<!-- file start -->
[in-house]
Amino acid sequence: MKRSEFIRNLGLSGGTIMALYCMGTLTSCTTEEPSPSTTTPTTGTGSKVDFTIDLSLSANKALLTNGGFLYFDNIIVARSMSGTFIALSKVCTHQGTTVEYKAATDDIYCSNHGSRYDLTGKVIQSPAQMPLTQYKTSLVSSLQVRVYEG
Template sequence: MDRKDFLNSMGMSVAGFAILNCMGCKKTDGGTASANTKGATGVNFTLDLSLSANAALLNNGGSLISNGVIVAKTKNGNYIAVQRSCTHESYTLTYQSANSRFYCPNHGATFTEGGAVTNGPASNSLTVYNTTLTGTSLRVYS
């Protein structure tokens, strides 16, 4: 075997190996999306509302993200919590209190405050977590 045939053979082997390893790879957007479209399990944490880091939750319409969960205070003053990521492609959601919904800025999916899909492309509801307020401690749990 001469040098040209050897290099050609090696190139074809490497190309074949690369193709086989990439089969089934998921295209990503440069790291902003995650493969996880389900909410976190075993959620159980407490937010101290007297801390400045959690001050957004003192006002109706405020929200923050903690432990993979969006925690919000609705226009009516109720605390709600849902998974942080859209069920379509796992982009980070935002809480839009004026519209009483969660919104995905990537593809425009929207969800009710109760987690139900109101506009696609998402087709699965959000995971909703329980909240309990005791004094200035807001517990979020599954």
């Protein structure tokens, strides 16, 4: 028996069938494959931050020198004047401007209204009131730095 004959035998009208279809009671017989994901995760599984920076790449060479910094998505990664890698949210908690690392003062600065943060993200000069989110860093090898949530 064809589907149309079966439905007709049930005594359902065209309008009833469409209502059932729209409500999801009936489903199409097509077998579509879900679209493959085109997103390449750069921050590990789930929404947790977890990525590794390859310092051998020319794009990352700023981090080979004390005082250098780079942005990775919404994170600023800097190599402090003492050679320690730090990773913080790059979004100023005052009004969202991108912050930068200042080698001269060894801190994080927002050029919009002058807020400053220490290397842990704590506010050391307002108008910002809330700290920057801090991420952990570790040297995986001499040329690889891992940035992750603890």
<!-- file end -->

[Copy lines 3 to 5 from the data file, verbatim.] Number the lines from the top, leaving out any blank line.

Template sequence: MDRKDFLNSMGMSVAGFAILNCMGCKKTDGGTASANTKGATGVNFTLDLSLSANAALLNNGGSLISNGVIVAKTKNGNYIAVQRSCTHESYTLTYQSANSRFYCPNHGATFTEGGAVTNGPASNSLTVYNTTLTGTSLRVYS
């Protein structure tokens, strides 16, 4: 075997190996999306509302993200919590209190405050977590 045939053979082997390893790879957007479209399990944490880091939750319409969960205070003053990521492609959601919904800025999916899909492309509801307020401690749990 001469040098040209050897290099050609090696190139074809490497190309074949690369193709086989990439089969089934998921295209990503440069790291902003995650493969996880389900909410976190075993959620159980407490937010101290007297801390400045959690001050957004003192006002109706405020929200923050903690432990993979969006925690919000609705226009009516109720605390709600849902998974942080859209069920379509796992982009980070935002809480839009004026519209009483969660919104995905990537593809425009929207969800009710109760987690139900109101506009696609998402087709699965959000995971909703329980909240309990005791004094200035807001517990979020599954």
């Protein structure tokens, strides 16, 4: 028996069938494959931050020198004047401007209204009131730095 004959035998009208279809009671017989994901995760599984920076790449060479910094998505990664890698949210908690690392003062600065943060993200000069989110860093090898949530 064809589907149309079966439905007709049930005594359902065209309008009833469409209502059932729209409500999801009936489903199409097509077998579509879900679209493959085109997103390449750069921050590990789930929404947790977890990525590794390859310092051998020319794009990352700023981090080979004390005082250098780079942005990775919404994170600023800097190599402090003492050679320690730090990773913080790059979004100023005052009004969202991108912050930068200042080698001269060894801190994080927002050029919009002058807020400053220490290397842990704590506010050391307002108008910002809330700290920057801090991420952990570790040297995986001499040329690889891992940035992750603890």